“The fault is not in the stars, my good Hamlet,” Horatio admonished. “Why hast thou been skipping thy classes?”

“It falls at a most inconvenient hour, and the light through yonder window doth not break soft after our nightly revels i’ the taverns... and other places.”

“Indeed, this is why none of my classes start before noon,” Horatio said. “Still, had I known thou wast not making it to thy class I would not have so importuned your company.”

Hamlet pulled Horatio down next to him and thumped him companionably upon the chest. “Thou art a gentleman and a scholar, Horatio, whereas I fear I am neither. Yet my plight is worse than thou know’st. If I fail this class I will flunk out and be forced to remain in Elsinore to be home schooled by Polonius.”

“’Swounds, then thou must pass!” Horatio said emphatically. “I will help.” He took the book from Hamlet, scrutinizing it for a moment, then looking up at the stars, then turning the book sideways with a frown. “You are lost, Hamlet,” he said at last, handing the book back.

“Nay, I have until Friday,” Hamlet said, warming to his sudden inspiration. “I will engage a tutor upon the morrow. Prospero sits next to me in class and is on the honor scroll. I will seek his help for he doth always screw the curve to the sticking place on these exams.”

“That sound’st like a plan,” Horatio agreed.

“Now that is settled, what would’st thou say to returning with me to Elsinore at the end of term? The castle is exceedingly merry this time of year and my father hosts the best holiday feast in Denmark.”

Horatio beamed. “I must admit I was hoping thou would’st ask. My family is vacationing in Illyria until Twelfth Night and I did not wish to spend the holiday listening to my parents quarrel and my brother snore. Art thou certain thy father will not object to the inclusion of a skinny schoolmate in your family festivities?”

“Hamlet the elder will be delighted to see you. He likes all my friends save for Antipholus and Antipholus - he can never tell those two apart - and I will need a plus one when he sees my grades this term.”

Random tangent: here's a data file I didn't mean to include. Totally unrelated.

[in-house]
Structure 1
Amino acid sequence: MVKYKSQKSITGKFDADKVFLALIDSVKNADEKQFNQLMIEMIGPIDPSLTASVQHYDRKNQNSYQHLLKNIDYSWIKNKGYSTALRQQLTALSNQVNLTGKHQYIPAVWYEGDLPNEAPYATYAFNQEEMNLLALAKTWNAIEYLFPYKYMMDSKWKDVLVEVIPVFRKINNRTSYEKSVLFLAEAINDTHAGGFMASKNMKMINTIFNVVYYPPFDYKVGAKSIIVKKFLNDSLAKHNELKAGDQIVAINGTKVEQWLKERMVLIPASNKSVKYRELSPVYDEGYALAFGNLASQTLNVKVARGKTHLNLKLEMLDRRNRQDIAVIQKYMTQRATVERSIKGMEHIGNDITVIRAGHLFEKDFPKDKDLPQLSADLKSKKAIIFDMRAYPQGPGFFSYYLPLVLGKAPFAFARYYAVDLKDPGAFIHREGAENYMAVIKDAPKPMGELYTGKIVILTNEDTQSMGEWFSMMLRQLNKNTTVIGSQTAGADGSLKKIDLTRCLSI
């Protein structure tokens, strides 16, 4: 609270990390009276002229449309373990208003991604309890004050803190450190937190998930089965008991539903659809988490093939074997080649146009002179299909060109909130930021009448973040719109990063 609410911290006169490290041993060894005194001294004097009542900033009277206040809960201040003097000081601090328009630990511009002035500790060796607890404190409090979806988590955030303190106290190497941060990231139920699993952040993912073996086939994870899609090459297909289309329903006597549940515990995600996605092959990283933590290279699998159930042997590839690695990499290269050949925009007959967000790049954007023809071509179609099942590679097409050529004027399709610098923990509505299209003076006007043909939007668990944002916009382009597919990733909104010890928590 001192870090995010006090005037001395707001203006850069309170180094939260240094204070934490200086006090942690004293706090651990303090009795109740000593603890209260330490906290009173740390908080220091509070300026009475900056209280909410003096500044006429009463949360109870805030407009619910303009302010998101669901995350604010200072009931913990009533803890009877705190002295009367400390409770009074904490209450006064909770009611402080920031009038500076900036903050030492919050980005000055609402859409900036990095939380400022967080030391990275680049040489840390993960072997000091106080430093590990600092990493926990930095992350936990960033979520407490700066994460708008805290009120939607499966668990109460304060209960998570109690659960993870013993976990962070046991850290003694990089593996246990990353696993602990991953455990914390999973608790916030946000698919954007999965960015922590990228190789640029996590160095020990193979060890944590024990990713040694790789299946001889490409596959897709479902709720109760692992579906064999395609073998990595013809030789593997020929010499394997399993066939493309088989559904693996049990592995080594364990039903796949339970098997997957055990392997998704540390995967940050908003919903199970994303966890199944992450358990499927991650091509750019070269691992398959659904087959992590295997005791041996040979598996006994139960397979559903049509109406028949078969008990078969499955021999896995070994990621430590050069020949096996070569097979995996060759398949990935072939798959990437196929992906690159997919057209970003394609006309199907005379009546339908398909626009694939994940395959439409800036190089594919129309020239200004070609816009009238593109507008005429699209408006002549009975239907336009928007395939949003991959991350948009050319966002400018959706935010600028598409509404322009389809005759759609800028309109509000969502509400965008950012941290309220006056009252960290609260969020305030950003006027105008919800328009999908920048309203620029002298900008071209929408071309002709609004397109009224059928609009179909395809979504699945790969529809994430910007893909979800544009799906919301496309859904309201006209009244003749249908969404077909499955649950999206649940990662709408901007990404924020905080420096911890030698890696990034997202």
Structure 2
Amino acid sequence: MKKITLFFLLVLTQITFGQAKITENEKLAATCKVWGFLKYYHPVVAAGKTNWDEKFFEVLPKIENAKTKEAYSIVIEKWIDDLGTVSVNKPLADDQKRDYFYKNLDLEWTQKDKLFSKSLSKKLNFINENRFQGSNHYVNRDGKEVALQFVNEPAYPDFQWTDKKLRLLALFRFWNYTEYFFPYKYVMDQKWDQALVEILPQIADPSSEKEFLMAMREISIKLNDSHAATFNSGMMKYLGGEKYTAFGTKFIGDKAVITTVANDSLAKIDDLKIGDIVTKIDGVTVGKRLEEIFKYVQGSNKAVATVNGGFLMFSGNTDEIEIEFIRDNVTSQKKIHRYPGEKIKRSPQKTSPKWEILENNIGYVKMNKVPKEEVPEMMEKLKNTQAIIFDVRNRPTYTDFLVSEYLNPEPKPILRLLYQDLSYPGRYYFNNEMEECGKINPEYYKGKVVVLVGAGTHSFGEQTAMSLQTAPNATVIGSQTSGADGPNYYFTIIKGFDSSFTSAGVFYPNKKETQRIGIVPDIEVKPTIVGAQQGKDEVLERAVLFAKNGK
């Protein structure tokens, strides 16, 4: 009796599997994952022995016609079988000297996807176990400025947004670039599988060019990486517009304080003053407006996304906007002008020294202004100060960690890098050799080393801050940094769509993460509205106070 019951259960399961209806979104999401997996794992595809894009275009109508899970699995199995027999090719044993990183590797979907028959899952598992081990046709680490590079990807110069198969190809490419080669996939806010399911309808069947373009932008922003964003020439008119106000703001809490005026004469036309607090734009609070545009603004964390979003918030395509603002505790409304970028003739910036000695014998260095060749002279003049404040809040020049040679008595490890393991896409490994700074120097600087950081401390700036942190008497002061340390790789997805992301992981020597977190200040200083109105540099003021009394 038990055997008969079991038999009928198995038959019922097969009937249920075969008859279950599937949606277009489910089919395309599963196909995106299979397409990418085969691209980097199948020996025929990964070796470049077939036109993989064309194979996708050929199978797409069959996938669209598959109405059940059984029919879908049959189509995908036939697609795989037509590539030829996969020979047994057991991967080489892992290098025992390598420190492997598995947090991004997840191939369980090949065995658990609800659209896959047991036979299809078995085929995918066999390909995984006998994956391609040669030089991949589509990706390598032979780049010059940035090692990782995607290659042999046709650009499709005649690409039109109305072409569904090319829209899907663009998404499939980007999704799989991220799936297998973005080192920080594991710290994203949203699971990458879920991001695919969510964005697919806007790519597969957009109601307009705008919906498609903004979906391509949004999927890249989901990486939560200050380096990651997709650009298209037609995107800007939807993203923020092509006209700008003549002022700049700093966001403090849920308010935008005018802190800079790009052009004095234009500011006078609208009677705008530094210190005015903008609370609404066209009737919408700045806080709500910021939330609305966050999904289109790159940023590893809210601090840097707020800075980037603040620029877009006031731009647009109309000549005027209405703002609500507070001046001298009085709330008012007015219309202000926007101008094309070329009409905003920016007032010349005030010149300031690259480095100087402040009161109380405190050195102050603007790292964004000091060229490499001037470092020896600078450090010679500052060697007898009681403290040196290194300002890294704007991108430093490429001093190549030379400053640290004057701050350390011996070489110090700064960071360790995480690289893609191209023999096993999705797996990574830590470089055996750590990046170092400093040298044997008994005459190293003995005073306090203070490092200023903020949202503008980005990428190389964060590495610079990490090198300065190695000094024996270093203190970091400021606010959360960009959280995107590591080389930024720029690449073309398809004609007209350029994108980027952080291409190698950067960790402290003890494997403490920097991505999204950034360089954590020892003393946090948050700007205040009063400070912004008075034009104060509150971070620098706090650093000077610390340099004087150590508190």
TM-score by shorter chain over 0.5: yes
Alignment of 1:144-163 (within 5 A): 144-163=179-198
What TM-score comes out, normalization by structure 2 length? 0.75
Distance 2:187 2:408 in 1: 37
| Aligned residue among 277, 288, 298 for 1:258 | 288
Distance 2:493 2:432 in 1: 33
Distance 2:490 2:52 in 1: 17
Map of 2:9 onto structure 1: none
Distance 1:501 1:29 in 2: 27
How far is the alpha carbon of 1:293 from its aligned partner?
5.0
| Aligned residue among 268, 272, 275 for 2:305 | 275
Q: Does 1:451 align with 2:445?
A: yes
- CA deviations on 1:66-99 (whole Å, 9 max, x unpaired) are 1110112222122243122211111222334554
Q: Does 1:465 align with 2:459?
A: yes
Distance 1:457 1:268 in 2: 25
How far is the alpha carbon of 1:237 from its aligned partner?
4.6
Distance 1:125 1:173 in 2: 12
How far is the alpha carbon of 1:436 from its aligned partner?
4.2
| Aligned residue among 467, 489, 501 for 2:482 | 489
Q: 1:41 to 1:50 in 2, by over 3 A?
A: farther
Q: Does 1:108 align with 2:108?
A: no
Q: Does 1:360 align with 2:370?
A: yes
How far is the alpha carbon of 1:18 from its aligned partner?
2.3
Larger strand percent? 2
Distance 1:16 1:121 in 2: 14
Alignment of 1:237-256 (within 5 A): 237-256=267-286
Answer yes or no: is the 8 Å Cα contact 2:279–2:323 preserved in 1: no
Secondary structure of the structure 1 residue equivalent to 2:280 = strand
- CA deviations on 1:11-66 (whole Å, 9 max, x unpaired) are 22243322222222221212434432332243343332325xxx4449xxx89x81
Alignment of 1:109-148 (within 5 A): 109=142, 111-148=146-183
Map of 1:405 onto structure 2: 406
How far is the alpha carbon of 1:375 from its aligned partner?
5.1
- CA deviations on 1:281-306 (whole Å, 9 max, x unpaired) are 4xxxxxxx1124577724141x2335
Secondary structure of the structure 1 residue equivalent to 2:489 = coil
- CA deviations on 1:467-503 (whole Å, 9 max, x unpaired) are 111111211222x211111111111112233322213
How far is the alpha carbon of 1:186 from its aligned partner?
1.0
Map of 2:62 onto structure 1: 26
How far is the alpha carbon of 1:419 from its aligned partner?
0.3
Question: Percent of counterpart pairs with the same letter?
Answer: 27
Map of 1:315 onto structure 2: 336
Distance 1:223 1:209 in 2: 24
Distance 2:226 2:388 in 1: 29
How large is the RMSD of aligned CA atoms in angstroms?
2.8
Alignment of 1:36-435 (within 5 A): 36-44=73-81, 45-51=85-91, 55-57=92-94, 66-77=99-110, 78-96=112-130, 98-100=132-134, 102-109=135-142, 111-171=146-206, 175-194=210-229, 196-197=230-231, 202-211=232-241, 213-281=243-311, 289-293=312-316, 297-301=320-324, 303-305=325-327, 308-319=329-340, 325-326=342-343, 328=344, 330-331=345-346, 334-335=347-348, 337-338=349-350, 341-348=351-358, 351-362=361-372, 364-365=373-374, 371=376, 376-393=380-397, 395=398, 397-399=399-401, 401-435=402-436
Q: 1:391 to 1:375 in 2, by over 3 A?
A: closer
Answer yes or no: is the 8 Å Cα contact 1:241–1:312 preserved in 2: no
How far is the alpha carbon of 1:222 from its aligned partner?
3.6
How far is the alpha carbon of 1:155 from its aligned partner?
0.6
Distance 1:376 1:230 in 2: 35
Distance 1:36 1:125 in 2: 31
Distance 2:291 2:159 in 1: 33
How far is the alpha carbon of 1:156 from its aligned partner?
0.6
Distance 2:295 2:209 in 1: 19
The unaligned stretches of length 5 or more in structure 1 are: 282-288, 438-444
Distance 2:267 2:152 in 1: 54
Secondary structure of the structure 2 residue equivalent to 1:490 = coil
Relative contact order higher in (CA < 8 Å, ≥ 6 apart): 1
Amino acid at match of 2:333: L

“Come Hamlet,” Horatio said, “let us get out of this chill air and into a warm ale and warmer bed. We can go to your dorm or, if Romeo is there, the Boar’s Head has some nice rooms upstairs, and the owner is the soul of discretion.”

“Let us skip the tavern and go to my room,’ Hamlet said. “Romeo left for Verona yesterday so we will have the place to ourselves. But let us make haste, for the glowworm shows the matin to be near and I have my penultimate Astronomy class in two hours.”

“Thou might be late for class,” Horatio said with a wink.

Hamlet smiled and pulled him into a burning kiss that Horatio returned with his own particular heat.

The rest was blissful silence.

Comments

( 4 comments — Leave a comment )
heartofoshun
Jan. 10th, 2013 03:43 am (UTC)
This is just so good and so much fun! Glad to see you posted here finally.
ignoblebard
Jan. 10th, 2013 03:46 am (UTC)
Thanks! It took me long enough but here it is at last.
chaotic_binky
Jan. 10th, 2013 11:43 am (UTC)
I smiled all the way through this. Being forced to read Shakespeare at school had its uses after all lol
ignoblebard
Jan. 10th, 2013 01:41 pm (UTC)
I'm glad you enjoyed this one. Binky. See, your teachers were right, Shakespeare can be fun. lol Thanks for your comments.
( 4 comments — Leave a comment )